For many purists, leather’s erotic charge goes way back before conscious sexual orientation. “My first and very early–at the age of six or seven–interest was in riding-boots and breeches, which in England, after the First World War, were common sights,” recalls Jason, an enthusiast now pushing 90, who lives in California, and recounts his history on the fascinating site www.cuirmale.nl.
“Also, military uniforms, especially booted horse-soldiers and mounted policemen, gave me lots of excitement,” Jason goes on, sparing no detail. “Some motorcyclists wore long leather coats, like early pilots used to wear. Those early air-circus pilots were very dashing and exciting to my young eyes. They didn’t have leather pants, but wore tight white breeches and shiny boots with their leather jackets, and long white silk scarves flying out behind their leather helmets and goggles.”
A devotion to leather as end-in-itself is evident as well among the makers of chaps, harnesses, thongs, cuffs, and jackets–the fetish objects around which the scene revolves.
As the modern leather underground coalesced post-World War II, the motorcycle clubs that were its nucleus had to buy their gear from firms in the military and police trade. But today, gay leather has spawned a world of craftsmen–who, if they weren’t serving their communities–could be running high-end workshops in Montreal or Milan.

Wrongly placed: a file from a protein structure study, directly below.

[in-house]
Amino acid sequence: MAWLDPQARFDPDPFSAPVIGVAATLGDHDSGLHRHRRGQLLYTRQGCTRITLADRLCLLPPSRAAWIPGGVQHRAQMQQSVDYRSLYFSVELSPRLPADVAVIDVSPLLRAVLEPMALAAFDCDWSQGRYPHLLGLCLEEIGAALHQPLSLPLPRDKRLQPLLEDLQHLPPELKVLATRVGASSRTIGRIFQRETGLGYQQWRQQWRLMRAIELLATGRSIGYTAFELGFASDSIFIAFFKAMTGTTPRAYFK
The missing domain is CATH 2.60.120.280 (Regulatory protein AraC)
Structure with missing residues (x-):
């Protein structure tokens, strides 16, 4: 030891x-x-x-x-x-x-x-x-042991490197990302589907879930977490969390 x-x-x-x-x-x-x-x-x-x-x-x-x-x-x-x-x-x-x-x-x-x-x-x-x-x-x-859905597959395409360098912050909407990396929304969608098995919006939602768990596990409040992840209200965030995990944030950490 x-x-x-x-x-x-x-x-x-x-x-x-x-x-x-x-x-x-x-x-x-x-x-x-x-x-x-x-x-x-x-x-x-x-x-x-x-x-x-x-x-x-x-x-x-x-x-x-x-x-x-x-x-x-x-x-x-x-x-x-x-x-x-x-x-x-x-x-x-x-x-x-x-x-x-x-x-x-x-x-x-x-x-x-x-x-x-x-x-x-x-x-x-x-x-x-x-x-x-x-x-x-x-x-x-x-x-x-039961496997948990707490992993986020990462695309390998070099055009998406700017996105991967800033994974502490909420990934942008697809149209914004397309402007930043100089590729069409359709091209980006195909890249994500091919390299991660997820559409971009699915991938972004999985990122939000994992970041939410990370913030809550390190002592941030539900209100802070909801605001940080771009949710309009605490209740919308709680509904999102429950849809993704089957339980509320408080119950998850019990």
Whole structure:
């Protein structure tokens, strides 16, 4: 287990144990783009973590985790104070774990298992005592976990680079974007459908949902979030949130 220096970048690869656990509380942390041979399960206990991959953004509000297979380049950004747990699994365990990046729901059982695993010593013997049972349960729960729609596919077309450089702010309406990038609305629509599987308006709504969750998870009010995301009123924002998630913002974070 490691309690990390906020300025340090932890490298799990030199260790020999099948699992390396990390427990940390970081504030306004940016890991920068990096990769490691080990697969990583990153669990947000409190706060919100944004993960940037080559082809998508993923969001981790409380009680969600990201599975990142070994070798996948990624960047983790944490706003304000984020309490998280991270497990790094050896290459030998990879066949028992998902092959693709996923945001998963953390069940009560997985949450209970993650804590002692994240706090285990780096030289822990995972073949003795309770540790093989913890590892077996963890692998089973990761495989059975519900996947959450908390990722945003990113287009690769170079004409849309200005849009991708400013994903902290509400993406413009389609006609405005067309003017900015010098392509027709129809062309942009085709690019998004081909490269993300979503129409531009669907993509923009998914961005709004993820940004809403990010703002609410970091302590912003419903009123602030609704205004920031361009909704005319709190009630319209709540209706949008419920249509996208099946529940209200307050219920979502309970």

Naturally, such accomplished practitioners sometimes journey to water’s edge to catch the zeitgeist’s incoming tides. Black bomber jackets will sell perennially, says Northbound Leather president George Giaouris, but “young guys today are more into the brightly-colored motocross uniforms that have a superhero influence, as opposed to the Tom of Finland aesthetic that’s been popular since the 1960s and 1970s.”
Clubs in the leather scene operate along a continuum of strictness. Some welcome only leather-insiders, men who know the codes and rituals. Others are more open to the general gay world–people wearing leather on carefree whim, or those who enjoy a leather ambiance, but whose outfits are merely vegetarian or petrochemical. (Among fibers, leathermen hold Levi’s, if not fetish object themselves, the equivalent of a really good soy-burger). Some bars try to keep everyone happy by allowing entry through the front doors to anyone, but creating inner sanctums and special events nights where only the properly dressed get in. Or they maintain another, separate special leather-only satellite. In some cities, leather and drag go hand-in-hand, each drawing spark from its antipode. But in other places the two scenes show no mutual tolerance.